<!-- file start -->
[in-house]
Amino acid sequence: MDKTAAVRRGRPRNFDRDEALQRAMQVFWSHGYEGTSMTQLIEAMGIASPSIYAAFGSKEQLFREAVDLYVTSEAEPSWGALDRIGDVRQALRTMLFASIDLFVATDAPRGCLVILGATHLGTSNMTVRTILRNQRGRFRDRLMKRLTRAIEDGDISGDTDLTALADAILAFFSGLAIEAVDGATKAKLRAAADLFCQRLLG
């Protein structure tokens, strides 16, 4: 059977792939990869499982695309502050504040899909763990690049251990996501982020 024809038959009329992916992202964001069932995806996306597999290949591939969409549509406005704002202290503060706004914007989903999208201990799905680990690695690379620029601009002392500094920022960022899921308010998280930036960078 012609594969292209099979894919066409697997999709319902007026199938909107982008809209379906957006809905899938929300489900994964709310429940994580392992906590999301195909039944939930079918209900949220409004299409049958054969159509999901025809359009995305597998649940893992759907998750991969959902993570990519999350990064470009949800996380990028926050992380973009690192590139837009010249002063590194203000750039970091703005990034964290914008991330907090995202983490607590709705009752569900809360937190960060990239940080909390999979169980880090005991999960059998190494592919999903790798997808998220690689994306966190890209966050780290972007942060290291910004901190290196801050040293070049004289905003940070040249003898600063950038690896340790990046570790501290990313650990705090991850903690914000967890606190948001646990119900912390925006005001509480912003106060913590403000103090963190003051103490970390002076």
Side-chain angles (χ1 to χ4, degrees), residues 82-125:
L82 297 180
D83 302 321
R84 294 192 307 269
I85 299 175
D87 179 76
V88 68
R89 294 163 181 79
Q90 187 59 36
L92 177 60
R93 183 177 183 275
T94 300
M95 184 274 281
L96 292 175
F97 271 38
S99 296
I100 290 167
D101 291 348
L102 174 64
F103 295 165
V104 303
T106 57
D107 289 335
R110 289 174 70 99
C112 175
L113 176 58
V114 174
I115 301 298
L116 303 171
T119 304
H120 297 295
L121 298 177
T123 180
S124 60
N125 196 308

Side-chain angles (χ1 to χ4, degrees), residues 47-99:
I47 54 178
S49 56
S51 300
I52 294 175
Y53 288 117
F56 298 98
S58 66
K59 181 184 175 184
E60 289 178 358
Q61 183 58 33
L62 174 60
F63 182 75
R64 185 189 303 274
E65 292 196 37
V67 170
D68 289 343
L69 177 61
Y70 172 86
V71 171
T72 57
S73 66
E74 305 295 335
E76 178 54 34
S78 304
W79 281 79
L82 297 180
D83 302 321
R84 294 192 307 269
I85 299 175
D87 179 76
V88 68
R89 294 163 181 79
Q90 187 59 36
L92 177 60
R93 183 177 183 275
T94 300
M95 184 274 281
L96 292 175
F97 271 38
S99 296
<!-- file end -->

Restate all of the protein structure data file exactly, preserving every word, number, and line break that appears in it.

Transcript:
[in-house]
Amino acid sequence: MDKTAAVRRGRPRNFDRDEALQRAMQVFWSHGYEGTSMTQLIEAMGIASPSIYAAFGSKEQLFREAVDLYVTSEAEPSWGALDRIGDVRQALRTMLFASIDLFVATDAPRGCLVILGATHLGTSNMTVRTILRNQRGRFRDRLMKRLTRAIEDGDISGDTDLTALADAILAFFSGLAIEAVDGATKAKLRAAADLFCQRLLG
């Protein structure tokens, strides 16, 4: 059977792939990869499982695309502050504040899909763990690049251990996501982020 024809038959009329992916992202964001069932995806996306597999290949591939969409549509406005704002202290503060706004914007989903999208201990799905680990690695690379620029601009002392500094920022960022899921308010998280930036960078 012609594969292209099979894919066409697997999709319902007026199938909107982008809209379906957006809905899938929300489900994964709310429940994580392992906590999301195909039944939930079918209900949220409004299409049958054969159509999901025809359009995305597998649940893992759907998750991969959902993570990519999350990064470009949800996380990028926050992380973009690192590139837009010249002063590194203000750039970091703005990034964290914008991330907090995202983490607590709705009752569900809360937190960060990239940080909390999979169980880090005991999960059998190494592919999903790798997808998220690689994306966190890209966050780290972007942060290291910004901190290196801050040293070049004289905003940070040249003898600063950038690896340790990046570790501290990313650990705090991850903690914000967890606190948001646990119900912390925006005001509480912003106060913590403000103090963190003051103490970390002076």
Side-chain angles (χ1 to χ4, degrees), residues 82-125:
L82 297 180
D83 302 321
R84 294 192 307 269
I85 299 175
D87 179 76
V88 68
R89 294 163 181 79
Q90 187 59 36
L92 177 60
R93 183 177 183 275
T94 300
M95 184 274 281
L96 292 175
F97 271 38
S99 296
I100 290 167
D101 291 348
L102 174 64
F103 295 165
V104 303
T106 57
D107 289 335
R110 289 174 70 99
C112 175
L113 176 58
V114 174
I115 301 298
L116 303 171
T119 304
H120 297 295
L121 298 177
T123 180
S124 60
N125 196 308

Side-chain angles (χ1 to χ4, degrees), residues 47-99:
I47 54 178
S49 56
S51 300
I52 294 175
Y53 288 117
F56 298 98
S58 66
K59 181 184 175 184
E60 289 178 358
Q61 183 58 33
L62 174 60
F63 182 75
R64 185 189 303 274
E65 292 196 37
V67 170
D68 289 343
L69 177 61
Y70 172 86
V71 171
T72 57
S73 66
E74 305 295 335
E76 178 54 34
S78 304
W79 281 79
L82 297 180
D83 302 321
R84 294 192 307 269
I85 299 175
D87 179 76
V88 68
R89 294 163 181 79
Q90 187 59 36
L92 177 60
R93 183 177 183 275
T94 300
M95 184 274 281
L96 292 175
F97 271 38
S99 296